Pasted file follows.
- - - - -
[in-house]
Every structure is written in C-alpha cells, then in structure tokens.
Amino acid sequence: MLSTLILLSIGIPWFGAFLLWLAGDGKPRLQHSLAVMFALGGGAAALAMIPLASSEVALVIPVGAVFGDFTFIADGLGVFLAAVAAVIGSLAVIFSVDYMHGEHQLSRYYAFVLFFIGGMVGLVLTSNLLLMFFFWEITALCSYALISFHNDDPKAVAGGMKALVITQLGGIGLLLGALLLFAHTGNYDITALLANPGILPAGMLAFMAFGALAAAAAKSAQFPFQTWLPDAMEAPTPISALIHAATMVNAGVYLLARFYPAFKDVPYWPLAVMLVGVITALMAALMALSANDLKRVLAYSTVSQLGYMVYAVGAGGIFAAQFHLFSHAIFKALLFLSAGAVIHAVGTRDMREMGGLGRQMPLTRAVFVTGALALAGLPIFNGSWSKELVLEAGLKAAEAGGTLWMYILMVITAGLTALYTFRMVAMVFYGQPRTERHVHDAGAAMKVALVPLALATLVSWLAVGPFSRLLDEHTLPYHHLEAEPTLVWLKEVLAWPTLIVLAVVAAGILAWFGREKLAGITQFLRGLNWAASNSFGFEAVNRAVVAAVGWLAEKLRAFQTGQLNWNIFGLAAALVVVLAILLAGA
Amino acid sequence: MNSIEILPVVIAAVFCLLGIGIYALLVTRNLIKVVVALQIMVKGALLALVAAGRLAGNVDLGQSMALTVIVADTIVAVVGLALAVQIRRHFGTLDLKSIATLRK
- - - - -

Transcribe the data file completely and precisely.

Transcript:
[in-house]
Every structure is written in C-alpha cells, then in structure tokens.
Amino acid sequence: MLSTLILLSIGIPWFGAFLLWLAGDGKPRLQHSLAVMFALGGGAAALAMIPLASSEVALVIPVGAVFGDFTFIADGLGVFLAAVAAVIGSLAVIFSVDYMHGEHQLSRYYAFVLFFIGGMVGLVLTSNLLLMFFFWEITALCSYALISFHNDDPKAVAGGMKALVITQLGGIGLLLGALLLFAHTGNYDITALLANPGILPAGMLAFMAFGALAAAAAKSAQFPFQTWLPDAMEAPTPISALIHAATMVNAGVYLLARFYPAFKDVPYWPLAVMLVGVITALMAALMALSANDLKRVLAYSTVSQLGYMVYAVGAGGIFAAQFHLFSHAIFKALLFLSAGAVIHAVGTRDMREMGGLGRQMPLTRAVFVTGALALAGLPIFNGSWSKELVLEAGLKAAEAGGTLWMYILMVITAGLTALYTFRMVAMVFYGQPRTERHVHDAGAAMKVALVPLALATLVSWLAVGPFSRLLDEHTLPYHHLEAEPTLVWLKEVLAWPTLIVLAVVAAGILAWFGREKLAGITQFLRGLNWAASNSFGFEAVNRAVVAAVGWLAEKLRAFQTGQLNWNIFGLAAALVVVLAILLAGA
Amino acid sequence: MNSIEILPVVIAAVFCLLGIGIYALLVTRNLIKVVVALQIMVKGALLALVAAGRLAGNVDLGQSMALTVIVADTIVAVVGLALAVQIRRHFGTLDLKSIATLRK